In consideration of Pope Francis’ electrifying visits to Cuba and the United States, and with millions of Americans still savoring his message of peace, forgiveness, inclusiveness, and human dignity, it might be instructive, perhaps even inspirational, to consider an earlier pontiff whose forthrightness and simplicity during a time of turmoil transcended a brief reign.

Pope Clement IX, born Giulio Rospigliosi in 1600 to a Tuscan noble family, would serve the Church during a century that, along with the fourteenth and twentieth, would count among the bloodiest in history.

Favored by Urban VIII, a scholar, for his gentleness and erudition, Rospigliosi was made Archbishop of Tarsus, but was forced into retirement by the succeeding pope. In 1655 he was recalled by Alexander VII, who elevated him to the cardinalate. With Alexander’s death in 1667 he was elected unanimously to the papacy.

Taking the name Clement IX, the new pope endeared himself to the people through his actions, among them –

“His extreme charity and affability towards great and small.”

By visiting the sick often, and giving “lavishly” to the poor

By personally conducting Confession two days a week in St. Peter’s

For issuing decrees for financial relief in the name of his predecessor

For beatifying Rose of Lima in 1667, who would become the first saint born in the Americas.

For admonishing Louis XIV for his increasing military aggression, while at the same time brokering peace between France and Spain

And for his patronage of the arts both before and during his pontificate

For instance, it was Clement who established the first public opera house in Rome, in 1668. And during his reign Bernini completed the embracing colonnade in St. Peter’s Square. Noteworthy also is that during the high-water mark of the Italian Baroque, the pope refused to place his name on any building, fountain, or public sculpture. And it was only when sick that he agreed to sit for Maratta, for a beautiful portrait known for its color, conveyance of personality, and classical restraint.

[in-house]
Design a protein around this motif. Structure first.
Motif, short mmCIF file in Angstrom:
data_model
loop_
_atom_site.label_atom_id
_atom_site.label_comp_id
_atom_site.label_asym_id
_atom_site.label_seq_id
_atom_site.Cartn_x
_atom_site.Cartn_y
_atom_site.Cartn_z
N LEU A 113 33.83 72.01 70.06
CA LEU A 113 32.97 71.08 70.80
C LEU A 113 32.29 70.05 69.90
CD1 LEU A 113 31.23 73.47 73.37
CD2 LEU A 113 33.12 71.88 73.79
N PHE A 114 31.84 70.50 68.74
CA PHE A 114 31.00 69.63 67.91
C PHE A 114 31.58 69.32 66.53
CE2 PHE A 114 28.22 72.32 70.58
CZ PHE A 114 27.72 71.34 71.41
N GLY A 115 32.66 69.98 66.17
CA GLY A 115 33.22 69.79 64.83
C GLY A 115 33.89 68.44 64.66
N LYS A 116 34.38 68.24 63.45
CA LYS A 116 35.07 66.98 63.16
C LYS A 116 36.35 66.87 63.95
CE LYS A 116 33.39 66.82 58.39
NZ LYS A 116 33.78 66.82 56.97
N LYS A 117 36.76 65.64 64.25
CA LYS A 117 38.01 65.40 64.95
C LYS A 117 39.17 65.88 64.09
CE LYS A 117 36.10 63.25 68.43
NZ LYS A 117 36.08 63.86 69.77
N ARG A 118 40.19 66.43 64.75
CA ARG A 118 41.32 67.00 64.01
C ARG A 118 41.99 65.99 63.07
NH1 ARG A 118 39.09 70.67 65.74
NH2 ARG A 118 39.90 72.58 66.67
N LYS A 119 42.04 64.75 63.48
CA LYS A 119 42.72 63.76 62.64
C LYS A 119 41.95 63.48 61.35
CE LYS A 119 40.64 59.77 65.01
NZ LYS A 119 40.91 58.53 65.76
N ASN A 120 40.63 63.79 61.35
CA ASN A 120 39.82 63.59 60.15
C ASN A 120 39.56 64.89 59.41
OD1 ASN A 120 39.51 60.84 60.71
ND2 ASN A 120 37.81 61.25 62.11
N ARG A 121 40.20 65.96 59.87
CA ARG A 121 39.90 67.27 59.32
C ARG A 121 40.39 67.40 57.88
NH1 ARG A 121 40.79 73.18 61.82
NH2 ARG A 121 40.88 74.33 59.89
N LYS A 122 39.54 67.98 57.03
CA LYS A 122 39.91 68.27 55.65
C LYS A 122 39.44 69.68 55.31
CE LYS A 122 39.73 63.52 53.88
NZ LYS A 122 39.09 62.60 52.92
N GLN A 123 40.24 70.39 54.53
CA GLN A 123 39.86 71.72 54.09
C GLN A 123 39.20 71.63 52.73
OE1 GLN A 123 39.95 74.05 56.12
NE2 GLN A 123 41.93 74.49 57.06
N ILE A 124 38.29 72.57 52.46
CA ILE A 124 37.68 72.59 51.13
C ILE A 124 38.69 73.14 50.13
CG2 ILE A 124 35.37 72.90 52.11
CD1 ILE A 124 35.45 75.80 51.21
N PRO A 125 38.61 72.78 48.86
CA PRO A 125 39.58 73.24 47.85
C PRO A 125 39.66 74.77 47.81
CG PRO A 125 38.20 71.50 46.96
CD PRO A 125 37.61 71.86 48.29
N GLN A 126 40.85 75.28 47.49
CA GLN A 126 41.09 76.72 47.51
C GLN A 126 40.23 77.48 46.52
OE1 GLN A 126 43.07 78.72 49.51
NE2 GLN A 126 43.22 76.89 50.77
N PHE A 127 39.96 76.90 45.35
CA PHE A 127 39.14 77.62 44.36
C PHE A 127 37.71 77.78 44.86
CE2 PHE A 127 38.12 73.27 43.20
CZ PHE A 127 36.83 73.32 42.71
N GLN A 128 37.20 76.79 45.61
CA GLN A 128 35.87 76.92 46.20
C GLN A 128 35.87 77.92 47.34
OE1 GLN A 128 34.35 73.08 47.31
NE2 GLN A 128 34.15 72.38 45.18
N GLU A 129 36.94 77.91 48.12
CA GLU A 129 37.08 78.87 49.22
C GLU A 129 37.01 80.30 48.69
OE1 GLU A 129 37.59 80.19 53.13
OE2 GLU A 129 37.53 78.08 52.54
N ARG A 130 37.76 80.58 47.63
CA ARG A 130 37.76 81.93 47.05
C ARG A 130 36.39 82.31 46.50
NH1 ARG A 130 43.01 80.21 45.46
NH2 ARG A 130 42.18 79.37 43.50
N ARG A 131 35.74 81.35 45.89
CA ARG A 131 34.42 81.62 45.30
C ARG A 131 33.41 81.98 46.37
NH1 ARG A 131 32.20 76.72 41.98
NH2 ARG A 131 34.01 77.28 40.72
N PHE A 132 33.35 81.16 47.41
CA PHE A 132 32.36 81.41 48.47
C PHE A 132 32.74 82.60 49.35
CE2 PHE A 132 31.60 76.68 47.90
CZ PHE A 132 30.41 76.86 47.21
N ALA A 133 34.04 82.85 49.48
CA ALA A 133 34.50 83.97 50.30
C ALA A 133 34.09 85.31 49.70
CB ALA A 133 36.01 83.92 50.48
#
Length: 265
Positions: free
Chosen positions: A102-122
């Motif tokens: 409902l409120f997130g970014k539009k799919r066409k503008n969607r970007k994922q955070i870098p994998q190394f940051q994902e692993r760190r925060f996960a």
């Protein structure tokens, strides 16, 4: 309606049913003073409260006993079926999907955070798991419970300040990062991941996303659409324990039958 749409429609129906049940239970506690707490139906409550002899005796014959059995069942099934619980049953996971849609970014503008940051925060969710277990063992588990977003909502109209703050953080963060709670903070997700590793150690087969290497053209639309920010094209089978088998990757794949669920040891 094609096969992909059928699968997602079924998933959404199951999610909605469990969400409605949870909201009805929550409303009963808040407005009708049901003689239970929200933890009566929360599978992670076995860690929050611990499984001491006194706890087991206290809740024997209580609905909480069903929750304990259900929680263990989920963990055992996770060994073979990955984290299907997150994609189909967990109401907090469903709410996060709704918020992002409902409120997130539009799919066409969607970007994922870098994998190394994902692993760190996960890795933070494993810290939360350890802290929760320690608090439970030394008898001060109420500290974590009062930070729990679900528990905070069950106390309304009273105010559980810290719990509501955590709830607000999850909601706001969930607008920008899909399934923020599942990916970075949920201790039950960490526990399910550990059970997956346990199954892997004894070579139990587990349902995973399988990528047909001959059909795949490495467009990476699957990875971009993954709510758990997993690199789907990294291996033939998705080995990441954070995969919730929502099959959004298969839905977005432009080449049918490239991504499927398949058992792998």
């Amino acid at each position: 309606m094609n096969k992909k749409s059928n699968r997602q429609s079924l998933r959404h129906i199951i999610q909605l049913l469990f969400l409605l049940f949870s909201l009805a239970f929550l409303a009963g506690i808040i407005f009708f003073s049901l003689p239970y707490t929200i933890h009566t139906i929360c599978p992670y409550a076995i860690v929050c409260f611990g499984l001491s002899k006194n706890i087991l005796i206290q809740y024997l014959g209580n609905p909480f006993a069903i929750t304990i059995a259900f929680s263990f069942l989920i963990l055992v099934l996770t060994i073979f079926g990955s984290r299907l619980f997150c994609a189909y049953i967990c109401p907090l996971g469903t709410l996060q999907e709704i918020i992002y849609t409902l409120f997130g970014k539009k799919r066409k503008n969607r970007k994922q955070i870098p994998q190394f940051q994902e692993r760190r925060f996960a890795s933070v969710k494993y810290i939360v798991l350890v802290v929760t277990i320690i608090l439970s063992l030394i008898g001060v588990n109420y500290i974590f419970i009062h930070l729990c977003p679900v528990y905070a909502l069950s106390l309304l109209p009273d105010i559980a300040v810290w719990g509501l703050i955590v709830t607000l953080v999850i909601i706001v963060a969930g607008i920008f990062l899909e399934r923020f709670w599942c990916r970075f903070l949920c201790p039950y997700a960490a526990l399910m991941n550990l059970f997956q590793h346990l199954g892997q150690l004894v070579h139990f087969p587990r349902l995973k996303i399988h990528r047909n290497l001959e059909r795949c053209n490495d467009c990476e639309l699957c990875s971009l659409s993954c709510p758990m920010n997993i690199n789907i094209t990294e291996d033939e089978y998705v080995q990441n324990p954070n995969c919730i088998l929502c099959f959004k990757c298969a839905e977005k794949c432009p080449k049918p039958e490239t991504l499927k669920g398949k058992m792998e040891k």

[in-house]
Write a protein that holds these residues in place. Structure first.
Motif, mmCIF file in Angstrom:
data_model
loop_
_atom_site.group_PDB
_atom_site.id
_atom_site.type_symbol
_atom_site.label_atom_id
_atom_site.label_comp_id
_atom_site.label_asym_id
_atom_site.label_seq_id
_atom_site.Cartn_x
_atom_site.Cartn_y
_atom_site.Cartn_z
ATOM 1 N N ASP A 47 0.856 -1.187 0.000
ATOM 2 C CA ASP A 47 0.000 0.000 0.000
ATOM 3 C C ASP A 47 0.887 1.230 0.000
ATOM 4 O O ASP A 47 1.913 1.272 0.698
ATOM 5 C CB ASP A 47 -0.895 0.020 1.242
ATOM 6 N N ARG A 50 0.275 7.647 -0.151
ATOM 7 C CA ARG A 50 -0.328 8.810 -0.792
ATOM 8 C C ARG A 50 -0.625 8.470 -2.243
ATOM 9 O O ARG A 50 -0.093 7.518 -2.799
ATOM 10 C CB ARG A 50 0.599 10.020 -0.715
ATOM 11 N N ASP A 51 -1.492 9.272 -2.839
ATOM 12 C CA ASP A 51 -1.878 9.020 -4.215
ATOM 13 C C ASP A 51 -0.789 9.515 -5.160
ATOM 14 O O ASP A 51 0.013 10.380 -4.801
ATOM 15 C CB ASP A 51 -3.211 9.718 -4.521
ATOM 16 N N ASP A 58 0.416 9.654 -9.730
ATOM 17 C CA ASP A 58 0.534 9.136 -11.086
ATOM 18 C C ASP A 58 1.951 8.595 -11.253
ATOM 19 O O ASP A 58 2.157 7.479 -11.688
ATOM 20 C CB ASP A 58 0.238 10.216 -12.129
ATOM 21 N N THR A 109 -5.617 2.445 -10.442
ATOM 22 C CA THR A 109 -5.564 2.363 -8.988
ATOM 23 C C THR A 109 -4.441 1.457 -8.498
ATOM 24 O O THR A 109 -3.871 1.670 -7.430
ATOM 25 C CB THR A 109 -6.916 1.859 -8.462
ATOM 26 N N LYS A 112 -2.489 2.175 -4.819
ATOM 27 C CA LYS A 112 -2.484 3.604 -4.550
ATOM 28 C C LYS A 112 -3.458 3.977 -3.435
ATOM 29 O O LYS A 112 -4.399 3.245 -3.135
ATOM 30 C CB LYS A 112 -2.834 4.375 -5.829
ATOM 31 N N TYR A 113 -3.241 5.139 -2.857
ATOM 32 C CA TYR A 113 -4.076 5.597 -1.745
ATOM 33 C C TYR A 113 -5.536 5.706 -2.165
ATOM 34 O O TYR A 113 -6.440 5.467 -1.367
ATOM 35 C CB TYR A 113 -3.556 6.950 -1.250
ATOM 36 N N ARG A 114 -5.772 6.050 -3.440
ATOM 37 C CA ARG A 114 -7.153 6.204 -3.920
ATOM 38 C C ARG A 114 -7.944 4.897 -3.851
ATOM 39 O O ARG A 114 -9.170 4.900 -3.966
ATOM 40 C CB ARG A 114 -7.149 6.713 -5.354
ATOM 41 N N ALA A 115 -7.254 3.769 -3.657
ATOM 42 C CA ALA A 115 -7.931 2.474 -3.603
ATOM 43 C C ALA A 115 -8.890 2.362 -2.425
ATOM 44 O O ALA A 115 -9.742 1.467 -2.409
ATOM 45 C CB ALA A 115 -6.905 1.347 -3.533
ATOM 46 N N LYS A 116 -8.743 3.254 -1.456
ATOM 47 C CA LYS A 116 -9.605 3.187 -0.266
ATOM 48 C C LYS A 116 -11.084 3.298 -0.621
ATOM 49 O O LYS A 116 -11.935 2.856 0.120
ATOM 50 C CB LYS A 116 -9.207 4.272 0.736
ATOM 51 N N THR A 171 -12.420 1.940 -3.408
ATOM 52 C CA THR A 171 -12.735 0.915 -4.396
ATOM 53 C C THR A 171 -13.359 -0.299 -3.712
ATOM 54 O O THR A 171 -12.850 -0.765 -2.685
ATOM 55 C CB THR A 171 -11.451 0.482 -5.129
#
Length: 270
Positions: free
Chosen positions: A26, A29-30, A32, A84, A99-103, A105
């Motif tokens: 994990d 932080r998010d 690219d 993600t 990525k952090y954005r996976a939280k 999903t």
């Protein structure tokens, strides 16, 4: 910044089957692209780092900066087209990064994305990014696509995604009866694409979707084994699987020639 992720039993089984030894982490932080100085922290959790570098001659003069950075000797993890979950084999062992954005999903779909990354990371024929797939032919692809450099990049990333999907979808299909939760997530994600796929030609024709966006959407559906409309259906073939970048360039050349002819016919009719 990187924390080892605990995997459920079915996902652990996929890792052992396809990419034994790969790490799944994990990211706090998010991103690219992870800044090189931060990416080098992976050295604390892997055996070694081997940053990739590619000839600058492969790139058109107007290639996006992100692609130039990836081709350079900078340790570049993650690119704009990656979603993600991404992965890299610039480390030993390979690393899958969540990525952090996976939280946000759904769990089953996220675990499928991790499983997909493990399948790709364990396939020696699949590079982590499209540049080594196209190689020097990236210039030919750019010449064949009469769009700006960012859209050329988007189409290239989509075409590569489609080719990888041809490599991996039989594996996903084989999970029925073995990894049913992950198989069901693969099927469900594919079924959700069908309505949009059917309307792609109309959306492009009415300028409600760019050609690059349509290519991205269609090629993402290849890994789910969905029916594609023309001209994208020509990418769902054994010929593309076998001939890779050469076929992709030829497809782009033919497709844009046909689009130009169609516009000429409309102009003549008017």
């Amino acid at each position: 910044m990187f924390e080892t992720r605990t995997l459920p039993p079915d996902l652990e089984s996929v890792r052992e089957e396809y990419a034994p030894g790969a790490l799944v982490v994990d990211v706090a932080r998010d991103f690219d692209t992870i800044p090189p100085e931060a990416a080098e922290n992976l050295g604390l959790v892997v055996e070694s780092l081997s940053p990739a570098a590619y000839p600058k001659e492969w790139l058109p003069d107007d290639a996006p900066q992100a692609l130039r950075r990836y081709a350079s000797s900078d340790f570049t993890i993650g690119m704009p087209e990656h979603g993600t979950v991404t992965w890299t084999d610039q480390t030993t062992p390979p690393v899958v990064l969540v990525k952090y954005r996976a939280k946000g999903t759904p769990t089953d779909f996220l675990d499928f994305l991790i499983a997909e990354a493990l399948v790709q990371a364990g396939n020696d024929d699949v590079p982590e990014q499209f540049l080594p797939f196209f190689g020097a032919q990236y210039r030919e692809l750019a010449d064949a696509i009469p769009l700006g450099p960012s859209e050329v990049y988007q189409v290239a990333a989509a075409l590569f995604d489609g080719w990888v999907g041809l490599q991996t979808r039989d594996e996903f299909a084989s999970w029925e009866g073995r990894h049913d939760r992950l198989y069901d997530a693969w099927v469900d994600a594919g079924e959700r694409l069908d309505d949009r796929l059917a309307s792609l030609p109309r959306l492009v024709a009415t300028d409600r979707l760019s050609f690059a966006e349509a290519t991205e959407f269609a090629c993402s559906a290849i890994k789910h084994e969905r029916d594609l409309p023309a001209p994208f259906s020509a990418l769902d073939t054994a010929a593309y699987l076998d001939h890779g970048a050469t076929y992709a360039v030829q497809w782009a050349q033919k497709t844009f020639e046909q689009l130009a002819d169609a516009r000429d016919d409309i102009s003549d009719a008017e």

Clement died in December, 1669. He had been pope for two-and-a-half years. He stated that he wished to be buried under the floor of Santa Maria Maggiore, with a simple inscription: Clement IX, Ashes. (This was too much for his successor, Clement X, who erected the magnificent tomb in the Basilica’s nave.) Indeed, the words of Pope Francis could apply to Clement: Everybody, according to his or her particular abilities, should be able to make a personal contribution to putting an end to so many social injustices.

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A Brief Audience with the Deified Augustus

Screen shot 2015-08-01 at 10.20.22 AMLast Wednesday, following my weekly Rotary meeting, I had some time to spare.  Feeling in the mood for a bit of ancient history, I made the short walk to the Kelsey Museum of Archaeology.  This is one of the oldest museums in the University of Michigan cultural pantheon, and like other University departments, it is a teaching facility.  Founded in the 1920s by Latin professor Francis W. Kelsey, the museum, a stunning example of the Richardsonian Romanesque, houses thousands of artifacts recovered by UM archaeological expeditions.  I have had the pleasure of welcoming the Kelsey’s directors and curators many times on Speaking of Art, usually to highlight a new exhibition.  In this case there wasn’t a new exhibition to see.  In fact, the recent Death Dogs of the Nile show was being dismantled.

I knew where I was going.  Up the staircase to the second floor, to the Greco-Roman galleries, and into the hushed presence of Rome’s first emperor, who reigned from 27 BC (now BCE: Before the Common Era) to 14 AD (now CE).  Born of the late Roman Republic’s political shift from senatorial oligarchy to rule by popular strongmen — dictators — the Empire was a compromise between the traditional landed aristocracy and the reality of a Rome that had grown far beyond its Italian homeland.  The army, bloated from the civil wars of Marius, Sulla, and Julius Caesar, was now professional, permanent, and expensive.  Simply put, an oligarchy scrounging for money to keep the legions and their ambitious generals from running amok would no longer work.  The compromise — legitimized dictatorship cloaked in Republican formalities.  Augustus’ legerdemain would establish an empire more or less at peace for 200 years.

The marble portrait is a formidable one.  Augustus maintains a youthful blush, but the hardening of the practical politician has begun to set.  By the time the anonymous sculptor carved this image, the features of the monarch had been generalized into a formula: youthful, confident face in the Grecian manner (which Augustus himself preferred); locks of wavy hair forming a kind of part, or cleft, above the right eye; the face broad at the forehead, then gently tapering to the chin; the ears small and slightly flared.  The overall effect is one of magisterial dignity and calm, with practically no glimpse of personality.  It is an iconic image, devoid of stress; the face of a man-god.  Later emperors would refine this placid detachment into an almost Eastern abstraction, culminating in Constantine’s upward gaze, no longer leveled at his troops or subjects; in communion with no one but God.